JERUSALEM (JTA) —  Donald Trump raised consternation on Aug. 21 when he said Israel will have to pay a “high price” in negotiations with the Palestinians once the White House unveils its Middle East peace plan.

Addressing supporters during a rally in West Virginia Aug. 21, Trump praised himself for moving the American embassy from Tel Aviv to Jerusalem, saying that it “should have been done years ago” and that his decision to do so would help facilitate a peace deal between Israel and the Palestinians because it took the issue of Jerusalem “off the table.”

“And you know what, in the negotiation Israel will have to pay a higher price because they won a very big thing but I took it off the table,” he continued. The Palestinians “could never get past the fact of Jerusalem becoming the capital but they will get something very good next, because it’s their turn next.”

The president’s remarks caused consternation in Jerusalem, forcing National Security Advisor John Bolton, who was here for discussions related to Iran, to qualify his boss’ remarks. Speaking to reporters at the King David Hotel on Aug. 22, he denied that that the embassy move was part of a “quid pro quo,” stating that “as a deal-maker, as a bargainer, he would expect, you would expect, I would expect that the Palestinians would say ‘okay, great. So, we didn’t get that one and now we want something else. And we’ll see how it goes.’”

However, he added, “the fundamental point is that ultimately this is something that the parties are going to have to agree on. When the parties talk about it and agree, they’ll decide between themselves what the price of that, if anything, was.”

Responding to Trump, Agriculture Minister Uri Ariel told Army Radio that “this isn’t a terrible morning, but there is cause for concern regarding Trump.” Regional Cooperation Minister Tzachi Hanegbi took pains to reassure Israelis, asserting that the President “has not turned on us.”

“And I can say as someone who has intensive contacts with the White House – I was there only three weeks ago – that he will not turn on us,” he said.

Such reassurances follow months of euphoria following the embassy move, and general relief on the Israeli right that Trump shares their views. Following the 2016 election, Education Minister Naftali Bennett famously boasted that “the era of the Palestinian state is over.”

Politicians on the left were more welcoming of Trump’s remarks. Former Defense Minister MK Amir Peretz was quoted by The Jerusalem Post as saying that “when dealing with a president who thinks like a businessman it was clear it would only be a matter of time until he asked for something in return.”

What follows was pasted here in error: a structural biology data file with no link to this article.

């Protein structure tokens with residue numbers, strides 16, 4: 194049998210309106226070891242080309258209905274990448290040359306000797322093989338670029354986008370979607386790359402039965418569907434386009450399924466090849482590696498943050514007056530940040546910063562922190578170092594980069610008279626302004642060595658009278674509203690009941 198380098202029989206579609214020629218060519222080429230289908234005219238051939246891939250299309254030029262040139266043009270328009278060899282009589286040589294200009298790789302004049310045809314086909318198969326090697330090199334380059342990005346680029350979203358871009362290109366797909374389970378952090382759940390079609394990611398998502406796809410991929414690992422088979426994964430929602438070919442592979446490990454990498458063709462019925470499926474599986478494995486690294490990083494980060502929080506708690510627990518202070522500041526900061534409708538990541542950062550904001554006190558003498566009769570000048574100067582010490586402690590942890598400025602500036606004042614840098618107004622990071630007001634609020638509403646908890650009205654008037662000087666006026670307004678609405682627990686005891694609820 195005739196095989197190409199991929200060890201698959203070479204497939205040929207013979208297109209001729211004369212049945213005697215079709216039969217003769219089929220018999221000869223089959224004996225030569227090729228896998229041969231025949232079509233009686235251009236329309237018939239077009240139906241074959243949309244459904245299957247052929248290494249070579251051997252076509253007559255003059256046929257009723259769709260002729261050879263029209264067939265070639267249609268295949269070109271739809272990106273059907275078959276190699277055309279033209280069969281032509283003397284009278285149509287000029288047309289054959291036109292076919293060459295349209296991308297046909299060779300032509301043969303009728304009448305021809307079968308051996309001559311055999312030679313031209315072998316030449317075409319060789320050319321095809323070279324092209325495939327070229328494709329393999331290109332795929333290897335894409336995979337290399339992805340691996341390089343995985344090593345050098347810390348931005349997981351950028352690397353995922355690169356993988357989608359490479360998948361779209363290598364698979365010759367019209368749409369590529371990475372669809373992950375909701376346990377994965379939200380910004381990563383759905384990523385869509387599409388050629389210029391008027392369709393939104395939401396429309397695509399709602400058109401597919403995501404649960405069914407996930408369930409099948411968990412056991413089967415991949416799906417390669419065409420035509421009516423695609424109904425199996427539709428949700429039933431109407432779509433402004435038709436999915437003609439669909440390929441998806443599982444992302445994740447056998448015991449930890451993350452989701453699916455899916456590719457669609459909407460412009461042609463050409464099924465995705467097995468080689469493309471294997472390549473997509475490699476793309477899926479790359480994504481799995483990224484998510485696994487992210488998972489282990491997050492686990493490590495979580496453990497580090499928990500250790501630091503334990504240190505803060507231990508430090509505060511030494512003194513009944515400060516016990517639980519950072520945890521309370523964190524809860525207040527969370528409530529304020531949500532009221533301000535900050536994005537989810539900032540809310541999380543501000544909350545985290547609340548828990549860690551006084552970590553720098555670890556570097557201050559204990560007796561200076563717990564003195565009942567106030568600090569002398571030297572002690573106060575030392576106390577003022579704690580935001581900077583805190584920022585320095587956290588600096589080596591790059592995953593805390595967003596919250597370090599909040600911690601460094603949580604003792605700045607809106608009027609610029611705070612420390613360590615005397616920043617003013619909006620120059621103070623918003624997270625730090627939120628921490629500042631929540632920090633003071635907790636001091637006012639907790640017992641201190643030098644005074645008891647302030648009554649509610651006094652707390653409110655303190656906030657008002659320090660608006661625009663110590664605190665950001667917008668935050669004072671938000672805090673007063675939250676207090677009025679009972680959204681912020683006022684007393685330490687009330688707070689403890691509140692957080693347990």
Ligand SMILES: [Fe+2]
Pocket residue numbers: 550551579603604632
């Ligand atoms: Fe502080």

No one can claim that this is a hostile president with demands that are not legitimate. Netanyahu cannot deny the need to make courageous decisions. Solving the dispute and dividing the land into two states for two peoples is not a deal with the US but an Israeli interest that will allow our state to remain both Jewish and democratic.”

The Trump administration has yet to reveal its much-touted Middle East peace plan, which is being developed by Jared Kushner, his son-in-law and senior adviser; Jason Greenblatt, a special representative for international negotiations; David Friedman, the U.S. ambassador to Israel; and Nikki Haley, the U.S. envoy to the United Nations.

The team released a joint statement last week saying that “no one will be fully pleased with our proposal, but that’s the way it must be if real peace is to be achieved. Peace can only succeed if it is based on realities.”

It is possible that Trump’s latest statement was intended to bring the Palestinians to the table, following President Mahmoud Abbas’ statement that he would not consider the Americans’ proposals.

“We were the first to fight against it and we will continue to fight against it until it falls,” Palestinian Authority President Mahmoud Abbas said of the administration’s plan last week during a session of the PLO Central Council. “This is the ‘slap of the century.’”

This isn’t the first time Trump has made such comments. Earlier this year, he suggested that if the Palestinians return to talks, his decision on Jerusalem would mean that it’s now Israel’s turn to give up something to keep the Palestinians in. “You win one point,” Trump said to Netanyahu during the World Economic Forum in Davos this January, “and you’ll give up some points later on in the negotiation if it ever takes place. I don’t know that it ever will take place.” Later, Trump said, “Israel will pay for that,” referring to Jerusalem.